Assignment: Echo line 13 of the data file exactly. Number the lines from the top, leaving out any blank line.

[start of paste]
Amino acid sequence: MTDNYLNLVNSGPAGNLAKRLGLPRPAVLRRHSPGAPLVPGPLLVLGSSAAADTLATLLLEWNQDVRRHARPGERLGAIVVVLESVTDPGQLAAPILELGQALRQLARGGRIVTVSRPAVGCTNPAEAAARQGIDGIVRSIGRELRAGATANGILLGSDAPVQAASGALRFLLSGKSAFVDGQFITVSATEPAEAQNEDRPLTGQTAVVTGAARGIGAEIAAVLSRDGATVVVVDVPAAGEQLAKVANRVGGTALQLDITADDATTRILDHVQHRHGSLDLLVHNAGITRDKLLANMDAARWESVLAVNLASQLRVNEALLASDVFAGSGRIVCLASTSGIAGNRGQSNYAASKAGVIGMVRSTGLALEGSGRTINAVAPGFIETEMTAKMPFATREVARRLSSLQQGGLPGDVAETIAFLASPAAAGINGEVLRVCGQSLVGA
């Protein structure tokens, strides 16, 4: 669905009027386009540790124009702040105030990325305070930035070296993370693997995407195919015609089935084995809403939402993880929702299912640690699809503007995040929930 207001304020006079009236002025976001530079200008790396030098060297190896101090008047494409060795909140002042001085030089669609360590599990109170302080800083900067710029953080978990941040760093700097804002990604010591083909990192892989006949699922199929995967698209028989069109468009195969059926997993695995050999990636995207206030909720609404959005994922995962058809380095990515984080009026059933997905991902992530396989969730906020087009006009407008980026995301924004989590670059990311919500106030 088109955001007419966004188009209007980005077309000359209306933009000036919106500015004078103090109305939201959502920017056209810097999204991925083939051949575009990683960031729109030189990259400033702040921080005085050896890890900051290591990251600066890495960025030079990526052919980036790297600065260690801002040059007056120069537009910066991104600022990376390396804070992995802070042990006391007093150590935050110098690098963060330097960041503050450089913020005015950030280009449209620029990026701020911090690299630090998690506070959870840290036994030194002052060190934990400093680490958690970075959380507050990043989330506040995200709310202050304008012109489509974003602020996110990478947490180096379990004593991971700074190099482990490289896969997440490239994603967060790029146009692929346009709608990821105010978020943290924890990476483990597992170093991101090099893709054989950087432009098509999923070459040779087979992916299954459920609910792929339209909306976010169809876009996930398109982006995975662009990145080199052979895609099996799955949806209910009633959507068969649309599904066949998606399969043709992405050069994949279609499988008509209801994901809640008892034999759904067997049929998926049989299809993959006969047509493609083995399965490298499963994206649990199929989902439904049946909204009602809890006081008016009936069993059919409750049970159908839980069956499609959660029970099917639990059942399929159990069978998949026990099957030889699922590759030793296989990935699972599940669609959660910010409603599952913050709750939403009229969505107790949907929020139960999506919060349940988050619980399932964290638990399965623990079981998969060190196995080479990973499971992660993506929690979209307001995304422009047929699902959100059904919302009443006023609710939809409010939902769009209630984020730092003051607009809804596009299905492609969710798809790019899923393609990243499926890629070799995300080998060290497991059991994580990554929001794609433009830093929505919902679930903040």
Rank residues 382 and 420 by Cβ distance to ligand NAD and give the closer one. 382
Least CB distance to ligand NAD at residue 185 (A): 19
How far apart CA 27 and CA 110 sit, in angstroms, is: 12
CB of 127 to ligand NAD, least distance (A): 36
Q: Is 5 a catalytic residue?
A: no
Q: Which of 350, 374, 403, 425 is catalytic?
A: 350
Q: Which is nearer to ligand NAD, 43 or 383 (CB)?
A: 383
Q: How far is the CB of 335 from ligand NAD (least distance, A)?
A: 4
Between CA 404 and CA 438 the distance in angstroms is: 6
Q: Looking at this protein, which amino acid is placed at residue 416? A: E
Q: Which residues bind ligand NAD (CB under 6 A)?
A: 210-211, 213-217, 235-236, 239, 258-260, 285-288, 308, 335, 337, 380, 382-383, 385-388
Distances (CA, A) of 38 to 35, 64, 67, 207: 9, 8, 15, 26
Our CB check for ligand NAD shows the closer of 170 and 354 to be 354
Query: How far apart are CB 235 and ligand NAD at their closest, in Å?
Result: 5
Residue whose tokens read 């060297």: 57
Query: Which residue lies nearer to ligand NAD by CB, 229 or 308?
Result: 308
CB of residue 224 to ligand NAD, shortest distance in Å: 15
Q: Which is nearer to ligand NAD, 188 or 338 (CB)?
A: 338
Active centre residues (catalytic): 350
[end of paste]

Q: How far is the CB of 335 from ligand NAD (least distance, A)?